Committee proposes amendments to Counter Terrorism bill

The Joint Committee on Human Rights has submitted significant amendments to justify the extensive powers being proposed in the Counter Terrorism and Border Security Bill.

The report raises concerns that the Bill is legislating close to the line – or indeed crosses the line-  in breaching human rights and will now be considered and debated in the House of Lords as it continues to progress through Parliament in coming weeks.

The Committee proposes a total of 27 amendments for parliament to consider, including the deletion or amendment of clauses that would make it an offence to express an opinion or belief in support of a banned organisation, view or otherwise access terrorist material online, and enter overseas terror hotspots referred to as ‘designated areas’.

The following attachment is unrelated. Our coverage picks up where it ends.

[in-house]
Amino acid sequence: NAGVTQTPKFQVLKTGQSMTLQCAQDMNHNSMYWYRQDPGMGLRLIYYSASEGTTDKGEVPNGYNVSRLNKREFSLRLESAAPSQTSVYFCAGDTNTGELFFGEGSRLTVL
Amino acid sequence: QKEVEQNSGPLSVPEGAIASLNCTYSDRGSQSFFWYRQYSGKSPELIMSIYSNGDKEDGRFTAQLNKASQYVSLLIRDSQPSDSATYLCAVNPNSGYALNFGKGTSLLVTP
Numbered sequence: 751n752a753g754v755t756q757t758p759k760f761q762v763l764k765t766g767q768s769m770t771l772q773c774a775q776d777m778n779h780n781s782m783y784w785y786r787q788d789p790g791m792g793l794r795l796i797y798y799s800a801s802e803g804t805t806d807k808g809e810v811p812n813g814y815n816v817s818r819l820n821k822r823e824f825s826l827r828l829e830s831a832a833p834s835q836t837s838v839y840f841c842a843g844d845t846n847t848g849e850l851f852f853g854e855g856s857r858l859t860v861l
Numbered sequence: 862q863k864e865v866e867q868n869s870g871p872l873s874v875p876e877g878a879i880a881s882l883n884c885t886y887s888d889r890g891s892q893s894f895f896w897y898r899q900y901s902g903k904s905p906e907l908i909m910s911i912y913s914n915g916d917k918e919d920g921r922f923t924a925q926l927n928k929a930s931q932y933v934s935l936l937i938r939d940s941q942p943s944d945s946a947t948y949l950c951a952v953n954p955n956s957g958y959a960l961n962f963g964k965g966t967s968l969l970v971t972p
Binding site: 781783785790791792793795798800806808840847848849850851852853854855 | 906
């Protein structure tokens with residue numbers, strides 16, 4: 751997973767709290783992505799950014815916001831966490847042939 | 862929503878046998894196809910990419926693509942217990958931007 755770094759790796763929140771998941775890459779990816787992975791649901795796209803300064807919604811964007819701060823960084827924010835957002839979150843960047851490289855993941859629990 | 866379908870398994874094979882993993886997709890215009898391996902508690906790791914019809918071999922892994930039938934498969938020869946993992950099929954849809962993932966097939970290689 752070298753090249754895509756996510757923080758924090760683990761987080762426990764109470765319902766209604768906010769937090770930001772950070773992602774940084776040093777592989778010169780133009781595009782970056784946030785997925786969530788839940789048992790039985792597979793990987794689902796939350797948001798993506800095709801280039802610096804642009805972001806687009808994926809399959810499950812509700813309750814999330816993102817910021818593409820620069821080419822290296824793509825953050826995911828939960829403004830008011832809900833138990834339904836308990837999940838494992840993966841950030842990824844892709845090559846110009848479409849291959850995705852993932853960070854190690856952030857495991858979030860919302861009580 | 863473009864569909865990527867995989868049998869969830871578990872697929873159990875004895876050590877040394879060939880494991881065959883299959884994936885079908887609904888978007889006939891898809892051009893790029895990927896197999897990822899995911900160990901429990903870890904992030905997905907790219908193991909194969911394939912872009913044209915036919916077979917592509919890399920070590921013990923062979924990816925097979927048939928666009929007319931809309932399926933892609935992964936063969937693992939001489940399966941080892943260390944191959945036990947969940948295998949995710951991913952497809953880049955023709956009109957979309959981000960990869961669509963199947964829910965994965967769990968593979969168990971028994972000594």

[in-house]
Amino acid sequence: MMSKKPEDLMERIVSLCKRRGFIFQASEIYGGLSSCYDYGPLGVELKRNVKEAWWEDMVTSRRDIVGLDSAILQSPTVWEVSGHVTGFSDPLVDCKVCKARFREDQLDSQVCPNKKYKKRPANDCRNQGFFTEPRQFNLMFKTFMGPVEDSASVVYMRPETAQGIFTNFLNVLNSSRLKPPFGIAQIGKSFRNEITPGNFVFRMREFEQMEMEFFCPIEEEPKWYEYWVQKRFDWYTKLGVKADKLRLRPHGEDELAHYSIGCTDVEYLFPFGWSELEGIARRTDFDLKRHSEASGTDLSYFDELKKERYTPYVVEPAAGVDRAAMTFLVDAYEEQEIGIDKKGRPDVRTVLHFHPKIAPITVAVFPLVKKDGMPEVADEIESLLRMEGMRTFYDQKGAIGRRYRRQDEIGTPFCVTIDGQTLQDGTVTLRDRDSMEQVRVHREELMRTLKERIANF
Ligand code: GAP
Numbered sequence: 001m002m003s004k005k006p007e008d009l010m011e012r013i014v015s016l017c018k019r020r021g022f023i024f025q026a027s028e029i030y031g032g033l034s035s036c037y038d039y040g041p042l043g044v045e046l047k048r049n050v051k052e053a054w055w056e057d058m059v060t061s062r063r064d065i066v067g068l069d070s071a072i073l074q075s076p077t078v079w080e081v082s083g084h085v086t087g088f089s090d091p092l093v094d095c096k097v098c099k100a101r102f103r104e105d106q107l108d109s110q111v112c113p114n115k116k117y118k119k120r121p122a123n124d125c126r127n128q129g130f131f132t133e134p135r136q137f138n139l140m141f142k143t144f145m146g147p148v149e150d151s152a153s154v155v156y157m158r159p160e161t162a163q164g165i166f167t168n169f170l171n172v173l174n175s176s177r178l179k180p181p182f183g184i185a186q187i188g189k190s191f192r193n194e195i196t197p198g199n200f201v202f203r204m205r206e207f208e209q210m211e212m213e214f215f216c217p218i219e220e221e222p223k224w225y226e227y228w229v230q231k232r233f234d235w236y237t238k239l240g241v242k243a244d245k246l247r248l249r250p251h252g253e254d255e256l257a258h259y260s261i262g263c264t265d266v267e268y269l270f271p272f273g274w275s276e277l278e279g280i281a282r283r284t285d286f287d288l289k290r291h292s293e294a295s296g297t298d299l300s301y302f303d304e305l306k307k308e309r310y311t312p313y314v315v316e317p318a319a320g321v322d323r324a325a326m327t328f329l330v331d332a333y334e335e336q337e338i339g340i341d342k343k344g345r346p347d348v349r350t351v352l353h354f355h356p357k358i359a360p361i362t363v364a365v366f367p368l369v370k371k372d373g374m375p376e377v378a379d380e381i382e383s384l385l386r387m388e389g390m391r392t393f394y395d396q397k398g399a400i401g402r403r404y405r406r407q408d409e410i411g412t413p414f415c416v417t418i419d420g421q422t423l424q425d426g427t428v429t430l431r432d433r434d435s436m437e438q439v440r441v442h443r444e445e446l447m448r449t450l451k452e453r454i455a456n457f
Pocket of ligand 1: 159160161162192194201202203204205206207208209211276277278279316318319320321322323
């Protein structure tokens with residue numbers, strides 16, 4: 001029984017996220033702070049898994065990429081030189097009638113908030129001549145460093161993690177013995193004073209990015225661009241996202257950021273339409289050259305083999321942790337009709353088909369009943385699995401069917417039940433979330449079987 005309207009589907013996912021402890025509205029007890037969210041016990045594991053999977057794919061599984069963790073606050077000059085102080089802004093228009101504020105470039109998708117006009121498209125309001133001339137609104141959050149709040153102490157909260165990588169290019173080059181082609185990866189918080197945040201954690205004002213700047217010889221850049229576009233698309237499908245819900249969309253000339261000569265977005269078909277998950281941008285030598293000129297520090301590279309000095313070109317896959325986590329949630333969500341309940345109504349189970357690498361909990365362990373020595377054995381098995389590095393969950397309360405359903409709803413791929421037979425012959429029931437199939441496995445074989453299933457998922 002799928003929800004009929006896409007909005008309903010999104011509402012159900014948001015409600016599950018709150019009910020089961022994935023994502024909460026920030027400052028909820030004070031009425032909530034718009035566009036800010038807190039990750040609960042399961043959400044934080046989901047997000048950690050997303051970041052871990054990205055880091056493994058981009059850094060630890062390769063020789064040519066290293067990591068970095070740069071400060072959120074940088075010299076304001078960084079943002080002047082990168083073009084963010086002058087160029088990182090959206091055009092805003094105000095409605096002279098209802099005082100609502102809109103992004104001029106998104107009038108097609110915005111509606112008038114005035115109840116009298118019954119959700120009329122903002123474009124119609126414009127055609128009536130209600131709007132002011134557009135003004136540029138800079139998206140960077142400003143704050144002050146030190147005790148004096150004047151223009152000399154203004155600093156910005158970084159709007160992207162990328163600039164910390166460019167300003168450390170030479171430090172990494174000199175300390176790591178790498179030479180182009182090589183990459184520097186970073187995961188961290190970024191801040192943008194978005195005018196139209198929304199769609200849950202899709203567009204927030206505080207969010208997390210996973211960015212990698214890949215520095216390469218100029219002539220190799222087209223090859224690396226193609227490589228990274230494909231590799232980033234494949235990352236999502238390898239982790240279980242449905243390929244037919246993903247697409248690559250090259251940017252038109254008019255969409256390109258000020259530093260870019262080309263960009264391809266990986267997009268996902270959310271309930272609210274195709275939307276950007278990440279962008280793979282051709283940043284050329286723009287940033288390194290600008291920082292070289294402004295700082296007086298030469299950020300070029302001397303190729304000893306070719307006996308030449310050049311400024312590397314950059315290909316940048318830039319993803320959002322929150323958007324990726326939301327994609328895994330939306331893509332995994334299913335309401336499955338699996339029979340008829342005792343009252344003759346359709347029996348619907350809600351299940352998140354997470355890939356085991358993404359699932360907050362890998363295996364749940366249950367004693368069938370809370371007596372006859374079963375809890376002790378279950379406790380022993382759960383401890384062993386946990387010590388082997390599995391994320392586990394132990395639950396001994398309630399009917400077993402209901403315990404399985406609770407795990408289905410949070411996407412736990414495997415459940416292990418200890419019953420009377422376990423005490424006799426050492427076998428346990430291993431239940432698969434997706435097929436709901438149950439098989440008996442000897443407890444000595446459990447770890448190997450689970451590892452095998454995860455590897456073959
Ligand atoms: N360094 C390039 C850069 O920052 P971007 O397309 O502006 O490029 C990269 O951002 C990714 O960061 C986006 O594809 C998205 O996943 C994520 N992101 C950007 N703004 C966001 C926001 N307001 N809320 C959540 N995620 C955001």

Alongside the amendments, the Labour Party has sought explanation as to why the government has yet to appoint a new independent reviewer of terrorism legislation to oversee the use of the powers if and when they pass into law.

Harriet Harman, chair of the Committee said: “Despite our previous warnings, this Bill still crosses the line on human rights. We’ve put forward a range of amendments designed to bring it in line with human rights, taking into account the wide-ranging and expert evidence we took, including from Max Hill QC, the Independent Reviewer of Terrorism.

“The government has failed to give us adequate justification for provisions which risk undermining free speech and giving them wide and unaccountable powers. I trust the Lords will make sure the government will now address our arguments properly.”

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